A global biodiversity assessment report issued by the Intergovernmental Science Policy Platform on Biodiversity and Ecosystem Services (IPBES) in 2019 cautioned that existing biodiversity conservation goals, including United Nations Sustainable Development Goals (SDGs) regarding Life below Water and Life on Land, and the Convention on Biological Diversity (CBD) Aichi targets cannot be achieved. In the report, IPBES projected that one in four species is at risk of extinction, predicted further acceleration of the global extinction rate, and suggested that global biodiversity loss also undermines other goals, such as the Paris Climate Change Agreement. IPBES concluded that transformative changes across economic, social, political and technological factors are required in support of global biodiversity conservation.
The CBD’s post-2020 Global Biodiversity Framework seeks to stop further biodiversity loss by 2030 and to reverse population declines by 2050. The framework provides guidance for goals to reduce threats to biodiversity including smart targets for protection, sustainable use and control of invasive species. Through IPIECA, we have provided feedback on the draft framework as the private sector continues to play an important role in its implementation.
Biodiversity loss is a global challenge that requires local mitigation solutions, as every basin or marine area has a unique combination of habitats, plant and animal species. Without mitigation, exploration and production activities can disturb or alter habitats, reduce habitat intactness and impact species distribution and abundance through the construction of roads, well pads, compressor stations and storage facilities. We manage risks and mitigate impacts to areas with biological or cultural significance through the use of the Mitigation Hierarchy. The hierarchy includes four prioritized steps to mitigate adverse biodiversity impacts: Avoid, Minimize, Rehabilitate and Restore, and Offsets.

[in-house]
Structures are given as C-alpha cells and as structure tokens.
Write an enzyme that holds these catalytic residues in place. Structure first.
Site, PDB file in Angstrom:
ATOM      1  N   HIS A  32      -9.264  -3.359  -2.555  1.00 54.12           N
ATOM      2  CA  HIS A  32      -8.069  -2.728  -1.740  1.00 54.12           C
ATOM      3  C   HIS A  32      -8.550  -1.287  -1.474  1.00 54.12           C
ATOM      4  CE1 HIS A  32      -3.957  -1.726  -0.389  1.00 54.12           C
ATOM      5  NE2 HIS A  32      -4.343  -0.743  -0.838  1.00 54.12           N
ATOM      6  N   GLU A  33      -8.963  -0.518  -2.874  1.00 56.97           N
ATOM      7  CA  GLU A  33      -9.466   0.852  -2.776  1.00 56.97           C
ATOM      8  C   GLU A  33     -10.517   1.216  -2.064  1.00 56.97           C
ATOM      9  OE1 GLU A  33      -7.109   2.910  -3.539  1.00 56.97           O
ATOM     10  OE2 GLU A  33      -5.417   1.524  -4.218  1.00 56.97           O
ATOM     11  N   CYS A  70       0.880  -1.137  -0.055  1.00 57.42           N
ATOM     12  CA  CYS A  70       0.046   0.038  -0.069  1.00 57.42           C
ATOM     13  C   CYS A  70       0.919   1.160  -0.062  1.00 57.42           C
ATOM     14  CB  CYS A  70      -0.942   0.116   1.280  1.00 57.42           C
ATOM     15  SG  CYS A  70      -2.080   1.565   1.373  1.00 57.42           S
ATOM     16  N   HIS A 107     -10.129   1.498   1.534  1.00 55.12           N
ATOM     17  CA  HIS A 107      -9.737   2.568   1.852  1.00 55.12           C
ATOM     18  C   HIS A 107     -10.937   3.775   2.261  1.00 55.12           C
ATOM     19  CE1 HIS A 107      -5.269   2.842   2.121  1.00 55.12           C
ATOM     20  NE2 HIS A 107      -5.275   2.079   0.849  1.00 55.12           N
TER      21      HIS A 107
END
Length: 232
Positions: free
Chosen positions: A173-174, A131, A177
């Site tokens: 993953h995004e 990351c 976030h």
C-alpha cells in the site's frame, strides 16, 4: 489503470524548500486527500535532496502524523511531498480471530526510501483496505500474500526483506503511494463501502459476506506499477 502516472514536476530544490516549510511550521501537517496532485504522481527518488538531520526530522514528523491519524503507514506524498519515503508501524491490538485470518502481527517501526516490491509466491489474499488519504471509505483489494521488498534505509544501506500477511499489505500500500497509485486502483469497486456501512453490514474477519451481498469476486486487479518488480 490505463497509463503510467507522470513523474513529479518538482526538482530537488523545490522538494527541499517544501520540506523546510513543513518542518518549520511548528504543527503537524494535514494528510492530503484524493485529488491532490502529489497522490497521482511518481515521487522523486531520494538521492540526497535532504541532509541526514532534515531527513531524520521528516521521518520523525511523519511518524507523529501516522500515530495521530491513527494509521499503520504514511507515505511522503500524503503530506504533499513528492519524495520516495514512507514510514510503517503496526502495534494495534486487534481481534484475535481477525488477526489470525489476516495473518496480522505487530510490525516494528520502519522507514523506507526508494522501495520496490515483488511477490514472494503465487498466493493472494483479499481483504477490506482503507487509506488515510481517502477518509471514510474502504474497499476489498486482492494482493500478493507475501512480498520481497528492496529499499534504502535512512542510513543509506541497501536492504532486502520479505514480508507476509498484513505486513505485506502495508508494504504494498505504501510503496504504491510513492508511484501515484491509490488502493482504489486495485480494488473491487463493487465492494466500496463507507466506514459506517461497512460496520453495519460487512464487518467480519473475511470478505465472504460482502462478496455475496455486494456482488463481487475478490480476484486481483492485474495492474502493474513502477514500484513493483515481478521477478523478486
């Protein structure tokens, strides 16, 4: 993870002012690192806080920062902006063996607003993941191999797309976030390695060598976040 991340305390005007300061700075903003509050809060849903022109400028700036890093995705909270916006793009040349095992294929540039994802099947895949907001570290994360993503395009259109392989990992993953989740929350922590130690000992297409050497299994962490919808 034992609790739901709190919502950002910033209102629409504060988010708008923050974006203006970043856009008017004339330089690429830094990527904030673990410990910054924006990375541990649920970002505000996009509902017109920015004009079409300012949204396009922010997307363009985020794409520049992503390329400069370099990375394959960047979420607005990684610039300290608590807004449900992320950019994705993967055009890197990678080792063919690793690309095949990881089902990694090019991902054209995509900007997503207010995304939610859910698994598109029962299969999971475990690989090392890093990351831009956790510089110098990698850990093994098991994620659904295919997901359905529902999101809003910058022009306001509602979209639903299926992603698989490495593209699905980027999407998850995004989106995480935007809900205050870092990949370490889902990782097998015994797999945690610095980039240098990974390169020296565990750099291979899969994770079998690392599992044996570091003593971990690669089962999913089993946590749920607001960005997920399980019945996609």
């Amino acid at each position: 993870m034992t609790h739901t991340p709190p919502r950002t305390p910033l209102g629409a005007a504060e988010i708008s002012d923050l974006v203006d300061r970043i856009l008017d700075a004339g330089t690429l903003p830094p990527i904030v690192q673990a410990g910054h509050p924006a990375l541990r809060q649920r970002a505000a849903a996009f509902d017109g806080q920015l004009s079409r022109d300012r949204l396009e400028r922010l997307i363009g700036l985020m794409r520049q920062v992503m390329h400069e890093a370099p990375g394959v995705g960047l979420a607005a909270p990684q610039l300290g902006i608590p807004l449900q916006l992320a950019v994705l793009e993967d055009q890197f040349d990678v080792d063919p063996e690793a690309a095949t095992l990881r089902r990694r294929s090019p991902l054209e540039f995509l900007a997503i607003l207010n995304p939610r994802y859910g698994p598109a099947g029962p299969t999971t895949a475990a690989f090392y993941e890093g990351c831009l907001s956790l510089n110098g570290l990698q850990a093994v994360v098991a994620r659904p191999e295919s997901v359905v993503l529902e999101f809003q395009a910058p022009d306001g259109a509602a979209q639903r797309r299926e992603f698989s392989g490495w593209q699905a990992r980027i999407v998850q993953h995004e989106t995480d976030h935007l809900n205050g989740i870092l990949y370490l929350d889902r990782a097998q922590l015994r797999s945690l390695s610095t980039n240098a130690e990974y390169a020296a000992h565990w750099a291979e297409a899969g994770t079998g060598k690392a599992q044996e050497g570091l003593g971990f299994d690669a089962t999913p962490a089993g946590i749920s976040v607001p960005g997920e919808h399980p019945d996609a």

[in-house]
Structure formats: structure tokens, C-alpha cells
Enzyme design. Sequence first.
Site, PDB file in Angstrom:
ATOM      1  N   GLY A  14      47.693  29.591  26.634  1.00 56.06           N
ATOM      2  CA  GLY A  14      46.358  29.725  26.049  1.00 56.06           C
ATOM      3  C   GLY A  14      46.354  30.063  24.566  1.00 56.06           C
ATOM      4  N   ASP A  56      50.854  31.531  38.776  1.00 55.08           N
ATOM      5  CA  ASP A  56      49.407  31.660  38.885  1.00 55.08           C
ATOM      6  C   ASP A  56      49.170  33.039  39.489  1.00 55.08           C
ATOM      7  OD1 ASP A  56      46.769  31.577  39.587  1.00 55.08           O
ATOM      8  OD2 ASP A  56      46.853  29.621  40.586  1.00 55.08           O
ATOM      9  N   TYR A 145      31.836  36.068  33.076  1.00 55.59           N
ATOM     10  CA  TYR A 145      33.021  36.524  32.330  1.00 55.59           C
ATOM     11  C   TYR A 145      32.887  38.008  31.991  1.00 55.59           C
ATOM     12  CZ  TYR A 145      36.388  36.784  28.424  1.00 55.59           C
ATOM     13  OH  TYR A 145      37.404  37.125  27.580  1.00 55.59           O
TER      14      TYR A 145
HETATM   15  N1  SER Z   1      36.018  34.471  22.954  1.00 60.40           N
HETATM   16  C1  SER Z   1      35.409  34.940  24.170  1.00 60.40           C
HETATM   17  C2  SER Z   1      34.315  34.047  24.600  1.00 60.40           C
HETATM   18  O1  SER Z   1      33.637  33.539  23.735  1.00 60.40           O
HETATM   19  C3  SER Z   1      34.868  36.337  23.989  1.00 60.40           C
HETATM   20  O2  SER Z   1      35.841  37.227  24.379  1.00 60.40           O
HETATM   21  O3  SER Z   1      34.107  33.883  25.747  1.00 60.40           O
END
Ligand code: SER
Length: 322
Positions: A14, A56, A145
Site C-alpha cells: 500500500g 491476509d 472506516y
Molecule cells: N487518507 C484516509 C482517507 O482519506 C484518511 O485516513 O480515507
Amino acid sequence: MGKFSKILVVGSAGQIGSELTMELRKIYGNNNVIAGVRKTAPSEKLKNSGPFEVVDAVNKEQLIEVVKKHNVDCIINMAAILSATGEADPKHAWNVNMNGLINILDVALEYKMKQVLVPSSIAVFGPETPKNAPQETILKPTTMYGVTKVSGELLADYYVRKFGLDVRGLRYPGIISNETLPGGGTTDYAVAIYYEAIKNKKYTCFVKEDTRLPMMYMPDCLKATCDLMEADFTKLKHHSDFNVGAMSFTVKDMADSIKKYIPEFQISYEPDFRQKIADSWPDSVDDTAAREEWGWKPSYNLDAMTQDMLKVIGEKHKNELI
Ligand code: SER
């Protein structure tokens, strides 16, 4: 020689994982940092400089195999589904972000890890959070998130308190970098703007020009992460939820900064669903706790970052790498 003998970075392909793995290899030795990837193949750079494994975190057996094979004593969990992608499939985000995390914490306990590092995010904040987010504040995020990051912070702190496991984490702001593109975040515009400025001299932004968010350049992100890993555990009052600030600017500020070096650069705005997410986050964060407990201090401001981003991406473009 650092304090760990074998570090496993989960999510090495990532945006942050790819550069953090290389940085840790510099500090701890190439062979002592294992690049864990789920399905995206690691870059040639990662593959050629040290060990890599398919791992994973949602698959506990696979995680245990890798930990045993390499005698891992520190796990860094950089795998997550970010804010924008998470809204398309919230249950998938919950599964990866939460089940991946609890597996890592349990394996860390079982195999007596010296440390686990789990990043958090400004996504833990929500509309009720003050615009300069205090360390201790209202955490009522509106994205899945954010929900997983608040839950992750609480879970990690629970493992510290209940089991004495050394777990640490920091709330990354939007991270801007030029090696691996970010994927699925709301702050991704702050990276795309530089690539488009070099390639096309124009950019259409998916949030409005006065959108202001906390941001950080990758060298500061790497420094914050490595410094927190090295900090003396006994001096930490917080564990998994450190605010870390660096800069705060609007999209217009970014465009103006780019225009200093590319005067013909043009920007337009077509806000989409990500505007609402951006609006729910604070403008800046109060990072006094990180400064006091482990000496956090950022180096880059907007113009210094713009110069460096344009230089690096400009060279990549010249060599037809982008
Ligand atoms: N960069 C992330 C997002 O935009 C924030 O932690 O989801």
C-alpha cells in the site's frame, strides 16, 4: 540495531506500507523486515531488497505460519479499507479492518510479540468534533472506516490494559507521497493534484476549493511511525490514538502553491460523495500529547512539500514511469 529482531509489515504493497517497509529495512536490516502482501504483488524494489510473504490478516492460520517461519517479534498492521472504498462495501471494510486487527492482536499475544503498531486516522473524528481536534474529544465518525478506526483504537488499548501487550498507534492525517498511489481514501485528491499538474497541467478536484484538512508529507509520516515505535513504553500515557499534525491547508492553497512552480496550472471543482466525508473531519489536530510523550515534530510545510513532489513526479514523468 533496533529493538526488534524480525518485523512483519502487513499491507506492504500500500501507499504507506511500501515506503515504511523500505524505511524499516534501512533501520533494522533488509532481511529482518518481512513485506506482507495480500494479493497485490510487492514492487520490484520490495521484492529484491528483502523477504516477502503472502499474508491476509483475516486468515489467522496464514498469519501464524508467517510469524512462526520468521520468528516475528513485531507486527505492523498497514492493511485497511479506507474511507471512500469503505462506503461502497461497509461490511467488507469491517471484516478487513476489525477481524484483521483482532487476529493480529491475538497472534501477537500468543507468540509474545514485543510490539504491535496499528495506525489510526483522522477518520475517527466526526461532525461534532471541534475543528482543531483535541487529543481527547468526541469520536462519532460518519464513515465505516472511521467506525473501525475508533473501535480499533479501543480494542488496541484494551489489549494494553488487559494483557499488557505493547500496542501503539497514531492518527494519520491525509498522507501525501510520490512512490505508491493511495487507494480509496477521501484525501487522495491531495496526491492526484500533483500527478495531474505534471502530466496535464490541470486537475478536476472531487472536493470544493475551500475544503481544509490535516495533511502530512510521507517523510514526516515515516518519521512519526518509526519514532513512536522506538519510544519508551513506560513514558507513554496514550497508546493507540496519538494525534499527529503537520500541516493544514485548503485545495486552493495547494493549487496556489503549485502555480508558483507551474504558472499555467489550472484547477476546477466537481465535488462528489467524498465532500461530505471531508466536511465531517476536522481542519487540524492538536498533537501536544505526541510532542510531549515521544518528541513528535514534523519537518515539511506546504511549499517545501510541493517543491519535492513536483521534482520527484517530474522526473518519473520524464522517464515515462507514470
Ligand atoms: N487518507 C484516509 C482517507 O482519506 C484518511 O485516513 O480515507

Some biodiversity impacts can be avoided through careful spatial or temporal placement of infrastructure or scheduling field activities outside peak migration or breeding seasons.
We conduct aerial infrared surveys where winter activities are planned on the North Slope of Alaska to look for heat signatures indicative of polar bears in dens. For over 15 years we have also funded grizzly bear research to help improve our activities and avoid human influence on bears. Read more on how we work to avoid human-bear interactions.
Ice roads and ice pads are constructed every winter when seasonal access is sufficient, avoiding permanent infrastructure on the tundra. Ice road routes are carefully mapped out, avoiding rough terrain, cultural sites and other potentially sensitive areas. In 2019, we built the equivalent of 148 miles of winter ice roads and 225 acres of ice pads which melted away in the summer. Ground disturbing activity on the tundra, such as gravel placement and other construction, occurs in the winter, outside of the migratory bird breeding season.
Norwegian North Sea
In Norway, we continue to study the timing of cod spawning in the North Sea to mitigate impact from seismic surveys on the cod population.
U.S. Lower 48
In the Bakken area of North Dakota, we separately analyze each new well pad to design our footprint based on the species, current land uses and ecosystem near our operations. Early in the planning process, we do a thorough review of the species, ecosystem and cultural components of the area as we consider the location of our wells and facilities. This enables us to design our operations with landscape best use in mind and to avoid impacts to biodiversity and habitats. See more about our project-specific approach to avoidance planning in North Dakota.
Strategic initiatives like conservation agreements also help avoid biodiversity impacts and protect sensitive habitats near our operations. We have enrolled over 280,000 acres in voluntary conservation agreements that protect the Lesser Prairie Chicken in Oklahoma, New Mexico and Texas and the Dune Sagebrush Lizard in New Mexico. These formal agreements with the U.S. Fish & Wildlife Service and/or other federal or state agencies typically require that new well locations and surface infrastructure avoid species habitats or sensitive areas within habitats.
We minimize biodiversity impacts through measures taken to reduce the duration, intensity and/or extent of the footprint of our operations. New drilling technology, data analytics techniques and integrated planning have helped reduce our infrastructure footprint and improve reservoir development efficiency through multi-well pads, longer lateral wells, multi-lateral wells, tankless pads and central facilities.
Through Canada’s Oil Sands Innovation Alliance (COSIA), our oil sands operations led the development of a footprint intensity reduction goal to reduce the footprint intensity of in-situ operations by 10% by 2022. This land performance goal applies to the in-situ projects of COSIA members collectively and is achieved primarily through surface infrastructure footprint optimization, improved drilling technology and accelerated interim reclamation. By 2019, COSIA in-situ companies collectively reduced their footprint intensity by over 10%, achieving the performance goal early.